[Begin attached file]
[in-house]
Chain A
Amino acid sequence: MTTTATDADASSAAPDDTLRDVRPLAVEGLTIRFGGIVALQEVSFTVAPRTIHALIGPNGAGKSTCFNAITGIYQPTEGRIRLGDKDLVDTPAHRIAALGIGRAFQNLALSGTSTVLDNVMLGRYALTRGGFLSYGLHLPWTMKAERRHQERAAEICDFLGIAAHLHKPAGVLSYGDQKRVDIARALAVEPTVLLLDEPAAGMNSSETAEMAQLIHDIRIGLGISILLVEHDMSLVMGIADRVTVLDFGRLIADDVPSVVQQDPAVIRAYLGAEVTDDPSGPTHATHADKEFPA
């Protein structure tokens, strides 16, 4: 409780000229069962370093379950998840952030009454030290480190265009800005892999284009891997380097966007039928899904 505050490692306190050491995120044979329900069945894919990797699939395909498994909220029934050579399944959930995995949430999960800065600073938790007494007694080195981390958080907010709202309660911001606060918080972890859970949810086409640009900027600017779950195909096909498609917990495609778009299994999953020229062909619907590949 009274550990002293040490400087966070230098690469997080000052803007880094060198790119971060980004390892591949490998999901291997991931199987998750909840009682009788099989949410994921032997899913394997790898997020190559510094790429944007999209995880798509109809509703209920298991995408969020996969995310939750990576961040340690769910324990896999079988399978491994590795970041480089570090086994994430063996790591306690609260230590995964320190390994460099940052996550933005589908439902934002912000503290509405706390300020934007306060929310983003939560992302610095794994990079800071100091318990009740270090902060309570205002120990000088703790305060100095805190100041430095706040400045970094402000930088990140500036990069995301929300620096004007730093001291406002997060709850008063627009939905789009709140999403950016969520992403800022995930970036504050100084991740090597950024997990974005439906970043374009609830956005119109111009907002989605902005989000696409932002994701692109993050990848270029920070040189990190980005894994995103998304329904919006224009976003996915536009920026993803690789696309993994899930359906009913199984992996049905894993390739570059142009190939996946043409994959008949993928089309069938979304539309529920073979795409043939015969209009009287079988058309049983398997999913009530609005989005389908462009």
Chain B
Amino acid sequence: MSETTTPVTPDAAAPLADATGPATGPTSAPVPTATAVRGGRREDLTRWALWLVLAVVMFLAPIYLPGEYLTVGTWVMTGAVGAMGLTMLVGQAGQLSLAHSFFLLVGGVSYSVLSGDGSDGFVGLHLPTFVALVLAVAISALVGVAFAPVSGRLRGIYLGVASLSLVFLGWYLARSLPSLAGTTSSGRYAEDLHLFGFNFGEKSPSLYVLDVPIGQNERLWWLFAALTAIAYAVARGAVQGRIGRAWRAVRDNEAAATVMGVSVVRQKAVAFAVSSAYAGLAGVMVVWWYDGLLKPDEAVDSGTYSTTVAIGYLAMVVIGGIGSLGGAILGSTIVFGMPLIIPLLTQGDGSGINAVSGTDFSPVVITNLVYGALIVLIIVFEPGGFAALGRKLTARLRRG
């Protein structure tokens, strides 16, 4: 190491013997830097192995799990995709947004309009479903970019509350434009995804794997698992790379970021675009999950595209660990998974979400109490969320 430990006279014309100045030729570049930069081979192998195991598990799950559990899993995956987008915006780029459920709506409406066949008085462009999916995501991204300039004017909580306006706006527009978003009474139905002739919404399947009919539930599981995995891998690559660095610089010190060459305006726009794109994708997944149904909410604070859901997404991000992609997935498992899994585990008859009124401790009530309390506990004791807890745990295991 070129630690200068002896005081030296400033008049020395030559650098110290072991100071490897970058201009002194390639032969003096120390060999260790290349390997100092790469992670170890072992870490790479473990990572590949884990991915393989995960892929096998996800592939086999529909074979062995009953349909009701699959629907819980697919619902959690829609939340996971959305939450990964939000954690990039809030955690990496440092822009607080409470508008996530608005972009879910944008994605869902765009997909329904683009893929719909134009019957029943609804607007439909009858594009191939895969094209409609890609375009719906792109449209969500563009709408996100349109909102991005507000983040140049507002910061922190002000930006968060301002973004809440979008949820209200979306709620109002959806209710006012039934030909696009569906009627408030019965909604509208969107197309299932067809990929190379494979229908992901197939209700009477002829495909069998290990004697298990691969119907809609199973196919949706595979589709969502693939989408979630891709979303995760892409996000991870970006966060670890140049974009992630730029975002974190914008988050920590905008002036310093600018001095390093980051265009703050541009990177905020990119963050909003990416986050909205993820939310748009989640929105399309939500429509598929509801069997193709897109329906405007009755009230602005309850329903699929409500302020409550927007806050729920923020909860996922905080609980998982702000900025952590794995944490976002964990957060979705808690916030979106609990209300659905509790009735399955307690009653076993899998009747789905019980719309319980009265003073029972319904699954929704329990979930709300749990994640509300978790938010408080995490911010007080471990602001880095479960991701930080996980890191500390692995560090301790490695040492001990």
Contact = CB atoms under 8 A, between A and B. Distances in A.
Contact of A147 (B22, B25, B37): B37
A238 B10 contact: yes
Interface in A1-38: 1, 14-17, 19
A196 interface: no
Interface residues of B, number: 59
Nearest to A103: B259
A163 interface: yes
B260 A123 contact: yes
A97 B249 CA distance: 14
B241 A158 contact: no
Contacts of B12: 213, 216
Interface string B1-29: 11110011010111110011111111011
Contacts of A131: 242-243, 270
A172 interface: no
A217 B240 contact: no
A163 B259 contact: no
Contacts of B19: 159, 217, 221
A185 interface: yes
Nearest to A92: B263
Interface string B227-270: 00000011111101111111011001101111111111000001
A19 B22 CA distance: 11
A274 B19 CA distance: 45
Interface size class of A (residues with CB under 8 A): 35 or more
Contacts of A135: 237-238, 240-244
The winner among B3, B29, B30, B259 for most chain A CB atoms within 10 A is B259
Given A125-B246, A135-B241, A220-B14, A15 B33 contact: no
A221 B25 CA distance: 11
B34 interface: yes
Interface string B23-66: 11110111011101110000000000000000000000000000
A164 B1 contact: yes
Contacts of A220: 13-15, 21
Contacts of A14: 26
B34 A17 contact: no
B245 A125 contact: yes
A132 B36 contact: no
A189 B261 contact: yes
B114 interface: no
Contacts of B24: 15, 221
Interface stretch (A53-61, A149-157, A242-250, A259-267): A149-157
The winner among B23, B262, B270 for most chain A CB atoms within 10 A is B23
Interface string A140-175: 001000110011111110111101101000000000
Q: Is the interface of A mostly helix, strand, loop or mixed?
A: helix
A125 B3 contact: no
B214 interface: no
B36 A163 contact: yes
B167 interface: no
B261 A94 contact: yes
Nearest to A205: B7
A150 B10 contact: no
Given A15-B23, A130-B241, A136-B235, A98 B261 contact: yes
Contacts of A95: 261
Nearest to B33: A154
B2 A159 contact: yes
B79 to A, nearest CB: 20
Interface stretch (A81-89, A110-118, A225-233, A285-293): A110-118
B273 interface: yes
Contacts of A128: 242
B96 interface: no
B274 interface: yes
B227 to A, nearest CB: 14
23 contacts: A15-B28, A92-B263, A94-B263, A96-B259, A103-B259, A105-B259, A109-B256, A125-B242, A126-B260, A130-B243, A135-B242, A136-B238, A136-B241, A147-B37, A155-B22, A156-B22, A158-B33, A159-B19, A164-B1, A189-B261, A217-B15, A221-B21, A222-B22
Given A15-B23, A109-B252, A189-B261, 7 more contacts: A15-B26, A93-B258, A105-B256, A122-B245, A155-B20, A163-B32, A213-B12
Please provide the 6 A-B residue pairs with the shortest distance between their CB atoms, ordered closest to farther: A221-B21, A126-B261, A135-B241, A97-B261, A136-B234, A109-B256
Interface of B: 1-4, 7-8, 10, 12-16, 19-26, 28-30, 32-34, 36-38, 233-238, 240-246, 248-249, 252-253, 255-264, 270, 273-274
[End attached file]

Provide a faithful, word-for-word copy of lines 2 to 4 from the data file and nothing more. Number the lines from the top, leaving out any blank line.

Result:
Chain A
Amino acid sequence: MTTTATDADASSAAPDDTLRDVRPLAVEGLTIRFGGIVALQEVSFTVAPRTIHALIGPNGAGKSTCFNAITGIYQPTEGRIRLGDKDLVDTPAHRIAALGIGRAFQNLALSGTSTVLDNVMLGRYALTRGGFLSYGLHLPWTMKAERRHQERAAEICDFLGIAAHLHKPAGVLSYGDQKRVDIARALAVEPTVLLLDEPAAGMNSSETAEMAQLIHDIRIGLGISILLVEHDMSLVMGIADRVTVLDFGRLIADDVPSVVQQDPAVIRAYLGAEVTDDPSGPTHATHADKEFPA
């Protein structure tokens, strides 16, 4: 409780000229069962370093379950998840952030009454030290480190265009800005892999284009891997380097966007039928899904 505050490692306190050491995120044979329900069945894919990797699939395909498994909220029934050579399944959930995995949430999960800065600073938790007494007694080195981390958080907010709202309660911001606060918080972890859970949810086409640009900027600017779950195909096909498609917990495609778009299994999953020229062909619907590949 009274550990002293040490400087966070230098690469997080000052803007880094060198790119971060980004390892591949490998999901291997991931199987998750909840009682009788099989949410994921032997899913394997790898997020190559510094790429944007999209995880798509109809509703209920298991995408969020996969995310939750990576961040340690769910324990896999079988399978491994590795970041480089570090086994994430063996790591306690609260230590995964320190390994460099940052996550933005589908439902934002912000503290509405706390300020934007306060929310983003939560992302610095794994990079800071100091318990009740270090902060309570205002120990000088703790305060100095805190100041430095706040400045970094402000930088990140500036990069995301929300620096004007730093001291406002997060709850008063627009939905789009709140999403950016969520992403800022995930970036504050100084991740090597950024997990974005439906970043374009609830956005119109111009907002989605902005989000696409932002994701692109993050990848270029920070040189990190980005894994995103998304329904919006224009976003996915536009920026993803690789696309993994899930359906009913199984992996049905894993390739570059142009190939996946043409994959008949993928089309069938979304539309529920073979795409043939015969209009009287079988058309049983398997999913009530609005989005389908462009």